A new Media Law of Azerbaijan was adopted by the Parliament of Azerbaijan on 30 December 2021 . It consists of 78 articles and differs from the old law in terms of scope and issues regulated by it. The new bill plays an important role in eliminating a number of shortcomings the government claims that exist in the field of media in the present world. It provides all the details, from raising the level of professionalism of journalists to solving their social problems. One of the main issues is associated with the presence of so-called ‘random’ journalists and media outlets ,according to its Government.
Some excerpts :
The new law, inter alia, defines “media entities” (art. 25); certain main principles that all information published or disseminated by media entities must abide by (arts. 14–15); the right to refute, respond, or correct (arts. 18–19); limits to foreign ownership or sponsorship of media entities registered in Azerbaijan (arts. 26, 69); the establishment of the Audio-visual Council as the body regulating the field of audio-visual media (art. 43); rules concerning the activities of journalists (art. 70 et seq.); and the establishment of a “media register” (art. 73 et seq.).
“Media entities” are defined as entities whose main activity is the publication or dissemination of non-legally prescribed information to an unlimited number of persons (i.e., “mass information”). (Art. 1.1.3.) Media entities are categorized as “audio-visual,” “print,” and “online” media entities, and news agencies. (Art. 25.) The law provides licensing requirements for all audio-visual media entities, which include all television and radio broadcasters, as well as re-transmitters of such broadcasts, using any technology, including over the internet. (Art. 50.)
The law defines “journalists” as persons who are employed by media subjects under an employment contract, or operate independently on the basis of their own copyright and a civil law contract, and whose main and continuous activity is collecting, preparing, editing and producing, transmitting, and commenting on information for the purpose of gaining income. Therefore, journalists must have a labour contract, which could affect freelancers.
Significantly, the law would establish a “media register” in which media entities and journalist are registered. While registration in the media register would be voluntary (although it is automatic upon licensing for audio-visual media entities), registration would be necessary for accessing certain journalistic privileges, including, inter alia, accreditation of journalists by state and nongovernmental bodies (art. 72.1); the obtaining of a journalist card, which is required for accreditation and entering places where events of public, political, social, or economic significance are taking place to collect and report information on such events (art. 71.1.2–3); and access to certain benefits, including special trainings, participation in certain projects organized by the state, and financial benefits (art. 76).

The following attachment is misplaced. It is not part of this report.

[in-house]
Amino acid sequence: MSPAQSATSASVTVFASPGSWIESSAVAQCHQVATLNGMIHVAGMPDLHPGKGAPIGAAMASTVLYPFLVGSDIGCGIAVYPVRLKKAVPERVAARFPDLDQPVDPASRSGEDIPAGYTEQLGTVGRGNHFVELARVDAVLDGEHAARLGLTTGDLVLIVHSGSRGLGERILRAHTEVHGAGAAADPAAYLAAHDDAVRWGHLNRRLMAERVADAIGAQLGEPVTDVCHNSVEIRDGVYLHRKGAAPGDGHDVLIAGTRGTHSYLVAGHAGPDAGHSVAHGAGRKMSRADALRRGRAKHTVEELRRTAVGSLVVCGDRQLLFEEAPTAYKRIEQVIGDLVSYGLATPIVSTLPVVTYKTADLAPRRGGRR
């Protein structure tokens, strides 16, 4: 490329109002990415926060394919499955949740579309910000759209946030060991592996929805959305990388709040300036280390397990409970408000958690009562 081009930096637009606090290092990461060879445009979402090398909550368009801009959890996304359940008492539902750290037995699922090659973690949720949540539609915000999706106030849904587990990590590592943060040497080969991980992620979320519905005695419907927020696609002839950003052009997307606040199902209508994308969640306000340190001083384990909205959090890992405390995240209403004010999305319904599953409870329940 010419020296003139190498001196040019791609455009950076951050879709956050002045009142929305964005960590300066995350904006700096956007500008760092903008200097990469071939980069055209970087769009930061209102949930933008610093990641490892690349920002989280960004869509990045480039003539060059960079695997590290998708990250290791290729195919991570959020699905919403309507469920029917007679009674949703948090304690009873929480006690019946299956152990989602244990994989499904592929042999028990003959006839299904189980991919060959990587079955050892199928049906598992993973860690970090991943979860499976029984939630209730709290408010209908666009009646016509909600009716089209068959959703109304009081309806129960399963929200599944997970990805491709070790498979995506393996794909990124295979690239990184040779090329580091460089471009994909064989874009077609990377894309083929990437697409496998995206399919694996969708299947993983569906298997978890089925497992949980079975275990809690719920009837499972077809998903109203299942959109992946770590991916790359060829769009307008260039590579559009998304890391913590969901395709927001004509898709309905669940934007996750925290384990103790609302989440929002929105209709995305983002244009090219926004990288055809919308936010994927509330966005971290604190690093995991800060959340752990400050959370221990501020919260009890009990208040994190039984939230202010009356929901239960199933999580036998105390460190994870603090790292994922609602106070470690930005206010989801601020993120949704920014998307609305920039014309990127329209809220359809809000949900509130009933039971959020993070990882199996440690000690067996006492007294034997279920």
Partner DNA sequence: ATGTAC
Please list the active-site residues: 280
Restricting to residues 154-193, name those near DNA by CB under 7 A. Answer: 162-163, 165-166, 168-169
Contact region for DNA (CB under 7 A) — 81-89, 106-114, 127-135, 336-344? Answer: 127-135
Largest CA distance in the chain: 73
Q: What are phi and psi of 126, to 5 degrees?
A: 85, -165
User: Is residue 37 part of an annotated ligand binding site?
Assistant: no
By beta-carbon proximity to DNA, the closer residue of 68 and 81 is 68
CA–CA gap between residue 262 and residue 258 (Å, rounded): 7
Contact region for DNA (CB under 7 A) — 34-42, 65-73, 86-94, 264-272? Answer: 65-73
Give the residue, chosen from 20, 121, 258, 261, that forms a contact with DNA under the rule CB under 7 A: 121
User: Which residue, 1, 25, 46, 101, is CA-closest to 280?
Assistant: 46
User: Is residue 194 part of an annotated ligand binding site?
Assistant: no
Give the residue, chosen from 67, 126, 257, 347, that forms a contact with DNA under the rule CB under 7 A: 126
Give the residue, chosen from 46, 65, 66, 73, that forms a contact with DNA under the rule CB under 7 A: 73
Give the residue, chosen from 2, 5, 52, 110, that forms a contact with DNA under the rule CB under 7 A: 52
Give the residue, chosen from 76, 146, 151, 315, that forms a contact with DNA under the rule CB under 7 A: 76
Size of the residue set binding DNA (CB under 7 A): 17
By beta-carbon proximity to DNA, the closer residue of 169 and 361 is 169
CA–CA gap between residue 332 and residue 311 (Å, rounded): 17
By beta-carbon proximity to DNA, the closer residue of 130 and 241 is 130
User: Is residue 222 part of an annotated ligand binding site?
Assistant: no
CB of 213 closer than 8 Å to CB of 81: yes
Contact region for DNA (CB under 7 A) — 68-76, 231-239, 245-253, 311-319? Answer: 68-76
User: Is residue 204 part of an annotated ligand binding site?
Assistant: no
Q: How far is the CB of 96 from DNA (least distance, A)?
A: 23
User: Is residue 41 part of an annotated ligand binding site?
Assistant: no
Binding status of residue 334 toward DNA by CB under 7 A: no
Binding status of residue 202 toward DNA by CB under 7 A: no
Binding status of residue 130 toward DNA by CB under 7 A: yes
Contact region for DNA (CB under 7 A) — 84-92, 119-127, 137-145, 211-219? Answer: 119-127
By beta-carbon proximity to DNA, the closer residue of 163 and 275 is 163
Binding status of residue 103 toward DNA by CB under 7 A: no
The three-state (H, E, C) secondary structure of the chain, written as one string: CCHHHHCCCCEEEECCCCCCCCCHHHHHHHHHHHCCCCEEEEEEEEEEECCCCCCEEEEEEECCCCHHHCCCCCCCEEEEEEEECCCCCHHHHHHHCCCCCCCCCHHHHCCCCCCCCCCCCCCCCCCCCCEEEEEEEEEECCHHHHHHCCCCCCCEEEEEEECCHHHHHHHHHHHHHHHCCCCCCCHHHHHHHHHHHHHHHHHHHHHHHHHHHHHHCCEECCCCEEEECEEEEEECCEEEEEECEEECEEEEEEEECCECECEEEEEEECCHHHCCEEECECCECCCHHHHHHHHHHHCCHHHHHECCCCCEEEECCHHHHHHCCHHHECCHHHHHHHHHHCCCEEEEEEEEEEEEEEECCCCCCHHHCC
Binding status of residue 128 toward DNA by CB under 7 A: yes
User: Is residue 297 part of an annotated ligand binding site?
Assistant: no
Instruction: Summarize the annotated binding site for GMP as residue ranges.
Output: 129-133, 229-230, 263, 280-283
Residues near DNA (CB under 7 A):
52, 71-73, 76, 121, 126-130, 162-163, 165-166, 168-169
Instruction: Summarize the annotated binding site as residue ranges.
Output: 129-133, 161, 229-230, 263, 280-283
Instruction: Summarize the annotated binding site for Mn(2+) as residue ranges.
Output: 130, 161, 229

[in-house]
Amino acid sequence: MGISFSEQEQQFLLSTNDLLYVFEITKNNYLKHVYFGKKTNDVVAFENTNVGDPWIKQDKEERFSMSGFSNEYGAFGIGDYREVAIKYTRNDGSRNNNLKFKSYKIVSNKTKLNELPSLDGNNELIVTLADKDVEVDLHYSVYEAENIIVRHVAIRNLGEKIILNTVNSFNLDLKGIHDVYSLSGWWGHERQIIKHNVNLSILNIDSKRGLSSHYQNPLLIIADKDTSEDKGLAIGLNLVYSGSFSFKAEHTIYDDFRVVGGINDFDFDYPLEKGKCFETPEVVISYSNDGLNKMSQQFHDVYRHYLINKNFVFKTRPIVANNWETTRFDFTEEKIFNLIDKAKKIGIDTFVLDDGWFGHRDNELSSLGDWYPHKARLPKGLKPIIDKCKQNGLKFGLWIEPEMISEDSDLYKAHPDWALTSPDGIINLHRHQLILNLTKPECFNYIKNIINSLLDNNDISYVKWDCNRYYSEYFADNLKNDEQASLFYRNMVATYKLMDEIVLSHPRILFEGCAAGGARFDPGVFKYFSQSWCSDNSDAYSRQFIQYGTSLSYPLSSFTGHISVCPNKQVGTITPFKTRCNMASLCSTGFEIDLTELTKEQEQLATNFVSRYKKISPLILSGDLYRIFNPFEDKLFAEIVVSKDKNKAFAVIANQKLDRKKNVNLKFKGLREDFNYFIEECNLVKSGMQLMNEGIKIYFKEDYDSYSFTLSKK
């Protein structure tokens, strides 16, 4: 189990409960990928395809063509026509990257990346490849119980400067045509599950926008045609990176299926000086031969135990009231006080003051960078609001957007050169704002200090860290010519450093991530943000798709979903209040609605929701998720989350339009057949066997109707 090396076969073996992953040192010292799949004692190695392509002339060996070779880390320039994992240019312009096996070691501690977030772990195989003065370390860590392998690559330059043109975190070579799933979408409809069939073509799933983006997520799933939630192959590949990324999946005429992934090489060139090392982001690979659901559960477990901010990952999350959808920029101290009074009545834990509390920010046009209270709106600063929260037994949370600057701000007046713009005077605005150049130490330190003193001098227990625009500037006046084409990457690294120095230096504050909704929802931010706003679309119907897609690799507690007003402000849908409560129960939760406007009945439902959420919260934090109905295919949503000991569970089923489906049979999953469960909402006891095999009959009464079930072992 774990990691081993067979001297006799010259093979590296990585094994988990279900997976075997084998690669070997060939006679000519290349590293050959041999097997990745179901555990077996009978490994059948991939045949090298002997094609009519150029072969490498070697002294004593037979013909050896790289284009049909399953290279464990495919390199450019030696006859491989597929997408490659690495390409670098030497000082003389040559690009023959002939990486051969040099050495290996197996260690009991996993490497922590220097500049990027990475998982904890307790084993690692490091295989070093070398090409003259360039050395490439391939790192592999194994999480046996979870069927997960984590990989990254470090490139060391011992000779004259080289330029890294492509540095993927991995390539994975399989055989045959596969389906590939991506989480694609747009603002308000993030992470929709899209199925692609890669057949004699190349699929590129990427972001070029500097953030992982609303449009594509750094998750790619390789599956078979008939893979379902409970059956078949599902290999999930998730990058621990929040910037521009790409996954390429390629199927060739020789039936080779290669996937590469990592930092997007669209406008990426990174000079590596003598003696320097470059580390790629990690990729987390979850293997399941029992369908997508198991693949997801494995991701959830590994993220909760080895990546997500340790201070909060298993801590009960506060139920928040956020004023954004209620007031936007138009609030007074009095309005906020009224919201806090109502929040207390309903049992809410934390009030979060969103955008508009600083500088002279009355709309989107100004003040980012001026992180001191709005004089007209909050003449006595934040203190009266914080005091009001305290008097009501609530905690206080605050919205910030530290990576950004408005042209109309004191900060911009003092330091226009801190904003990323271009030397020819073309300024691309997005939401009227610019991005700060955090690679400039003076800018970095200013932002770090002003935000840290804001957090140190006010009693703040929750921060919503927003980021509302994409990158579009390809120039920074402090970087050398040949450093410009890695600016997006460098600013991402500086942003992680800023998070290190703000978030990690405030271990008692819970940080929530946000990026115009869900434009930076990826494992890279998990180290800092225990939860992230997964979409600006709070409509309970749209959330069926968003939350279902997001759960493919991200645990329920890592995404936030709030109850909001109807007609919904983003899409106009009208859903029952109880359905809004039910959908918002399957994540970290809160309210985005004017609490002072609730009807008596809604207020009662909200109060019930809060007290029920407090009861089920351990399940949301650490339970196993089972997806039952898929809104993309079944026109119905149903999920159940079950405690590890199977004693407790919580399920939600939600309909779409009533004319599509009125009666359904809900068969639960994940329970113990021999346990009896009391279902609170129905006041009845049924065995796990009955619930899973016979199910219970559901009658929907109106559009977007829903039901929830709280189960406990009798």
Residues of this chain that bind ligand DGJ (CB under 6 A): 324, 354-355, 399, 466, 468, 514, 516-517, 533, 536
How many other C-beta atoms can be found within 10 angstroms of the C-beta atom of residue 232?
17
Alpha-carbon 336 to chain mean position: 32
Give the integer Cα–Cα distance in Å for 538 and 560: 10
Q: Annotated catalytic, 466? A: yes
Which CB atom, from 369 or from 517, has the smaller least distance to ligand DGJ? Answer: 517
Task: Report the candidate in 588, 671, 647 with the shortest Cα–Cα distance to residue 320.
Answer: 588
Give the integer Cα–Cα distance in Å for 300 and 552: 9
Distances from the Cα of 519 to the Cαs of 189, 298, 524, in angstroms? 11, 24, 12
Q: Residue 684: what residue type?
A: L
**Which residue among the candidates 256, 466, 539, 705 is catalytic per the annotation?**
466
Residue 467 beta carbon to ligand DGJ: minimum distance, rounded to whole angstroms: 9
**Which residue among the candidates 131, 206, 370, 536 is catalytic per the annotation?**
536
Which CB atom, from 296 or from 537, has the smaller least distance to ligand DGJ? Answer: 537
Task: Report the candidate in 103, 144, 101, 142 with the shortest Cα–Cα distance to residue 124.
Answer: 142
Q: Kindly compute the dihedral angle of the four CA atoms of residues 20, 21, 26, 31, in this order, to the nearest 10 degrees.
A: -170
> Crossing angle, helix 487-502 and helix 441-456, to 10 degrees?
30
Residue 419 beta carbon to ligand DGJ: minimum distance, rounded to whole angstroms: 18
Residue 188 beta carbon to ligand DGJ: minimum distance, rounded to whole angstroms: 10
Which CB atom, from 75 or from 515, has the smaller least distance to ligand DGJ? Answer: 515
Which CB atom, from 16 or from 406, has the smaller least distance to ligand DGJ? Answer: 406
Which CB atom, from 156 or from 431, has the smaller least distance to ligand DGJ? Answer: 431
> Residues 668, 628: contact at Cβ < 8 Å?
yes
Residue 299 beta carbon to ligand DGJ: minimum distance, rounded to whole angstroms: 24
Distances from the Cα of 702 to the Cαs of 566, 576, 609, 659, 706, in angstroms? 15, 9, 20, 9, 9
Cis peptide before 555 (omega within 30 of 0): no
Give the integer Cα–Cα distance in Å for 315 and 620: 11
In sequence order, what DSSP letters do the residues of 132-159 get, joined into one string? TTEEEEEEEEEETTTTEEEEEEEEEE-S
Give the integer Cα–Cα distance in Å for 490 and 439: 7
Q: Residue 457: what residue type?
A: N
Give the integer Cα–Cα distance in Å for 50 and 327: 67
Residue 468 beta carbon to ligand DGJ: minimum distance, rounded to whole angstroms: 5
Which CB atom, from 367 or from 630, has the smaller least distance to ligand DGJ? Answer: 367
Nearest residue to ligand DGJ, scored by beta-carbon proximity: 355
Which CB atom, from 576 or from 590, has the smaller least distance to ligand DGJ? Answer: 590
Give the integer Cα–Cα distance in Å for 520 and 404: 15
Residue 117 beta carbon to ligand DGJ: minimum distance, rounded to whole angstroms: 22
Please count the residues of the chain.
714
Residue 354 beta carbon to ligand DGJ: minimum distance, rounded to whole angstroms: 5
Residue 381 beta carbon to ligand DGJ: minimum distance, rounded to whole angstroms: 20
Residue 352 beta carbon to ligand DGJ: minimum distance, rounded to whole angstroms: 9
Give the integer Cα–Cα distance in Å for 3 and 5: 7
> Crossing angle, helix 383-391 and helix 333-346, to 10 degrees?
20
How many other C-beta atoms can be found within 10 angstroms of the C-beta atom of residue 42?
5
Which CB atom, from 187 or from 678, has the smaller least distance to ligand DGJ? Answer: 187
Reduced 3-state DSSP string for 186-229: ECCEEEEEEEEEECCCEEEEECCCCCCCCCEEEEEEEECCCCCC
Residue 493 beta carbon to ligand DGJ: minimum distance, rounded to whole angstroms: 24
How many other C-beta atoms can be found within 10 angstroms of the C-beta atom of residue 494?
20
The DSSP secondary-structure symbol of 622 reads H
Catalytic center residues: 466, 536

The law provides grounds for the suspension and revocation of audio-visual media entity licenses (arts. 57–58) and for deregistration from the media register (art. 75).
President Aliyev signed the new law on 8 February 2022. It was approved by the Azerbaijani parliament on 30 December 2021, last year.
The official journalist registry excludes anyone with a criminal record and requires prospective journalists to take an as yet unrevealed ‘test’!. Additionally, the law further requires that owners of media organisations operating in Azerbaijan also live in Azerbaijan. As a result, journalists reporting for opposition outlets based outside of the country will be subject to criminal prosecution. Online news outlets that have an output of under 20 pieces a day, will also be barred from legal recognition as media.
The law also envisages broad restrictions on what journalists can report, with a legal requirement that journalists only report ‘objectively’, without a definition of what ‘objectivity’ actually means giving leeway for authorities to make their own interpretation of the law. This law aims to step up control over the media and legalise censorship.
Among the many new regulations: The state will now create a registry of journalists, who have to fit specific criteria (sans criminal record) to be included. Owners of media outlets will have to live in Azerbaijan, which would effectively ban many of the country’s independent media which are run by Azerbaijanis who fled the country’s already repressive media environment. Online news outlets will be required to publish at least 20 news pieces on a daily basis. The intent appears to be to give the government more freedom to block media it deems unfriendly.